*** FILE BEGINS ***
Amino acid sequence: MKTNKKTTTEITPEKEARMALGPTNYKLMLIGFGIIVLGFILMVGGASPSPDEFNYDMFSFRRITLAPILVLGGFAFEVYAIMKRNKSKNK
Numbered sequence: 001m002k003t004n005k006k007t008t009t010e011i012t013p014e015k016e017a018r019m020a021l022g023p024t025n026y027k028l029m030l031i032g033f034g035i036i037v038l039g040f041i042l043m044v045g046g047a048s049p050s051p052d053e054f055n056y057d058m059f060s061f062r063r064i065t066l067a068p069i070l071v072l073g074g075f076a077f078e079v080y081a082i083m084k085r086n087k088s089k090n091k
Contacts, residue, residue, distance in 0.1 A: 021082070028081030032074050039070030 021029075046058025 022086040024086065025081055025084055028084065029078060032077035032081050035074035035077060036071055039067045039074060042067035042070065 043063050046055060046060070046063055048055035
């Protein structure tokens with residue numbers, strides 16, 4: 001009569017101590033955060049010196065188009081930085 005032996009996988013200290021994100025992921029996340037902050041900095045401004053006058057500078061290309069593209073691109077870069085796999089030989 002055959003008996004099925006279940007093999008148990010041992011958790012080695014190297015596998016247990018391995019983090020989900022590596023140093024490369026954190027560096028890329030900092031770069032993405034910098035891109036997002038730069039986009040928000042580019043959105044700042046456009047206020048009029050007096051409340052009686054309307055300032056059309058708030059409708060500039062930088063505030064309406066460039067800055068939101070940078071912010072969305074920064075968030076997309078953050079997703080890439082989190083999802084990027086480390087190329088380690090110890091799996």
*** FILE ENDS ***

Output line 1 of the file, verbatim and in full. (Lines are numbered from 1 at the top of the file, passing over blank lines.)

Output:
Amino acid sequence: MKTNKKTTTEITPEKEARMALGPTNYKLMLIGFGIIVLGFILMVGGASPSPDEFNYDMFSFRRITLAPILVLGGFAFEVYAIMKRNKSKNK